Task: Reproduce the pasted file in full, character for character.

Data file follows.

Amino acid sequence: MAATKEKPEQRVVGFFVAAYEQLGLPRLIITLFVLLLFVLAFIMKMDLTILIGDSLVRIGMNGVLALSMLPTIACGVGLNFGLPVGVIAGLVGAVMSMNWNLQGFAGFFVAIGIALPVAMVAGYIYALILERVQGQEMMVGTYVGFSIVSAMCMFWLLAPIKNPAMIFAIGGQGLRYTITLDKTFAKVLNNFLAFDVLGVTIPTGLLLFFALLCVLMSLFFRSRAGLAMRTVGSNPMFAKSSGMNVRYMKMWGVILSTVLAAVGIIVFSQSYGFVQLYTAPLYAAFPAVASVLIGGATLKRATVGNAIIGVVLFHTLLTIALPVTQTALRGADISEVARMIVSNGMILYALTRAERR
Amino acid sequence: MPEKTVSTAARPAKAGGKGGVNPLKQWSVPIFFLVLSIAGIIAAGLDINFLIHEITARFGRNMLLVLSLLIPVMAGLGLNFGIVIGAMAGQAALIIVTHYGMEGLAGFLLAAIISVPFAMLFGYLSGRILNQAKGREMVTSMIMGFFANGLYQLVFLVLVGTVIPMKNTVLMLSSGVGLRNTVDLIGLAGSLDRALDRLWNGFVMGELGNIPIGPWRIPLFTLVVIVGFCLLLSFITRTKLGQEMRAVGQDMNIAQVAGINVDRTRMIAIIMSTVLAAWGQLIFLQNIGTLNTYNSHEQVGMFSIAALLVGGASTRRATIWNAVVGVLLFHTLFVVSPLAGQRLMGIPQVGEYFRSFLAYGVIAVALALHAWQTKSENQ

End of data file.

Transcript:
Amino acid sequence: MAATKEKPEQRVVGFFVAAYEQLGLPRLIITLFVLLLFVLAFIMKMDLTILIGDSLVRIGMNGVLALSMLPTIACGVGLNFGLPVGVIAGLVGAVMSMNWNLQGFAGFFVAIGIALPVAMVAGYIYALILERVQGQEMMVGTYVGFSIVSAMCMFWLLAPIKNPAMIFAIGGQGLRYTITLDKTFAKVLNNFLAFDVLGVTIPTGLLLFFALLCVLMSLFFRSRAGLAMRTVGSNPMFAKSSGMNVRYMKMWGVILSTVLAAVGIIVFSQSYGFVQLYTAPLYAAFPAVASVLIGGATLKRATVGNAIIGVVLFHTLLTIALPVTQTALRGADISEVARMIVSNGMILYALTRAERR
Amino acid sequence: MPEKTVSTAARPAKAGGKGGVNPLKQWSVPIFFLVLSIAGIIAAGLDINFLIHEITARFGRNMLLVLSLLIPVMAGLGLNFGIVIGAMAGQAALIIVTHYGMEGLAGFLLAAIISVPFAMLFGYLSGRILNQAKGREMVTSMIMGFFANGLYQLVFLVLVGTVIPMKNTVLMLSSGVGLRNTVDLIGLAGSLDRALDRLWNGFVMGELGNIPIGPWRIPLFTLVVIVGFCLLLSFITRTKLGQEMRAVGQDMNIAQVAGINVDRTRMIAIIMSTVLAAWGQLIFLQNIGTLNTYNSHEQVGMFSIAALLVGGASTRRATIWNAVVGVLLFHTLFVVSPLAGQRLMGIPQVGEYFRSFLAYGVIAVALALHAWQTKSENQ